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Tackling delayed discharge is a big priority for the Executive. Clearly, no one should have to remain in a hospital bed for longer than they need to if more appropriate care is available in the community. That is why we launched our delayed discharge action plan in March 2002, which set out a range of measures to tackle the issue. The plan is now backed with additional resources to the tune of £30 million per annum to help local authorities and their national health service partners to reduce the number of patients who are inappropriately delayed in our hospitals.
Ministers and officials have on-going discussions with NHS boards and local authorities on a range of subjects, including delayed discharge. Since the launch of our action plan, the number of patients delayed in Scotland has reduced by 1,184 and the number of patients delayed for more than six weeks has almost halved. In Forth Valley, the total number delayed has reduced over the same period from 166 to 118, and the number delayed for more than six weeks has reduced from 135 to 80.
Is the minister aware that the most recent figures for Forth Valley show that six out of the seven targets were not achieved and that about two thirds of the delayed discharges are in the Falkirk area? If the minister is telling us that the Scottish Executive is providing sufficient funds to deal with the problem, will he tell NHS Forth Valley and Falkirk Council to take more urgent action to reduce the number of delayed discharges, which cause a situation whereby many people, especially elderly people, are not getting the care that they deserve, while other patients have to wait far too long for a hospital bed?
I sympathise with the direction of travel that Dennis Canavan raises, and I am more than happy to engage with the authorities involved. He is absolutely correct to say that we have people in inappropriate care settings, and we must seek to resolve that. Forth Valley has taken a number of steps to support effective discharge. Those measures include the provision of 24/7 cover; the purchase of additional care home places; increased packages of enhanced home care to allow people to remain at home; additional occupational therapy; A and E treatment options; hospital discharge facilities; co-ordination of the work of our public services; and enhanced rehabilitation services. That package of measures is about not just money, but the way in which different public sector organisations work. I want them to work better, more closely together and in a more timely fashion. I am not satisfied with the numbers and I am more than happy to engage with the relevant authorities to ensure that we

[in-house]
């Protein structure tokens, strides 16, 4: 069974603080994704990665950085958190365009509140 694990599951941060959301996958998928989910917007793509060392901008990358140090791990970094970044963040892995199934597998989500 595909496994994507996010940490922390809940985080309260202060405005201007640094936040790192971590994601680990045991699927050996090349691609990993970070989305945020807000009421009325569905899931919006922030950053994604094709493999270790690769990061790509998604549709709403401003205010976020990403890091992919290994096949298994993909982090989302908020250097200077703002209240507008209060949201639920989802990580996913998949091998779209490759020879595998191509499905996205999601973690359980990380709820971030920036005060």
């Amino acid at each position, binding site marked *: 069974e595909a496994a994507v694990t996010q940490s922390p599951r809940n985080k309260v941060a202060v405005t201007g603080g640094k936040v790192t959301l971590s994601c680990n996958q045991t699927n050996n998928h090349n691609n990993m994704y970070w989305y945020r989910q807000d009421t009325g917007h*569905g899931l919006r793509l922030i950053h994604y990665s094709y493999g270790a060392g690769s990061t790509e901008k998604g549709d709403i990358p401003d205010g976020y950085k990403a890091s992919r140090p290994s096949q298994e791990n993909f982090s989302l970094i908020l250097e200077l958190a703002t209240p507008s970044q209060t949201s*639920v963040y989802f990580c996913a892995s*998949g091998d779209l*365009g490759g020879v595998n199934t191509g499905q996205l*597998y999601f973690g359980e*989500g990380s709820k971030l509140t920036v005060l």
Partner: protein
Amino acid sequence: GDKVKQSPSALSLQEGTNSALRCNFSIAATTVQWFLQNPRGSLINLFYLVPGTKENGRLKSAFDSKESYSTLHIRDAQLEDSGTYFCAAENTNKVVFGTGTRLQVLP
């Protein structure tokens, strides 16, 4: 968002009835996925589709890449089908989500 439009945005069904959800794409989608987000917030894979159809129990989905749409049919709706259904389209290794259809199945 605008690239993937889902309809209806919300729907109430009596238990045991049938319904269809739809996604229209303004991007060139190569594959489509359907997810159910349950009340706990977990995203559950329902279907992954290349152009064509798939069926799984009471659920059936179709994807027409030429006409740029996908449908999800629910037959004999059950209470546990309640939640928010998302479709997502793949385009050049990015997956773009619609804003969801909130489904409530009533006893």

Is the minister aware that, according to figures supplied by Scottish Care, funding per person per week for residential care is £35 short and that for nursing care is £61 short of the costs of provision? That is largely why there are insufficient care homes to satisfy demand, which results in blocked hospital beds. Is the minister further aware that the problem could be resolved quickly if he agreed to pay care homes for the real costs of care?
With all due respect, we have put a huge amount of public money into Scottish care homes to ensure that places are available. If I recollect correctly, we have provided over £140 million in the past three years to deal with the issue of providing care home places in our communities. The negotiations on such matters are tough. It is right for the Executive to ensure that we get value for money from care-home providers. As a local MSP, I have probably opened five care homes in the past year, so I suggest that the market is not as dead and buried as Nanette Milne suggests.
I look forward to discussing matters with care-home providers on Friday in Glasgow at their conference. I am sure that the Executive is putting its money where its mouth is with regard to the care of our elderly. I am glad to say that Scottish care-home providers are with us in that task.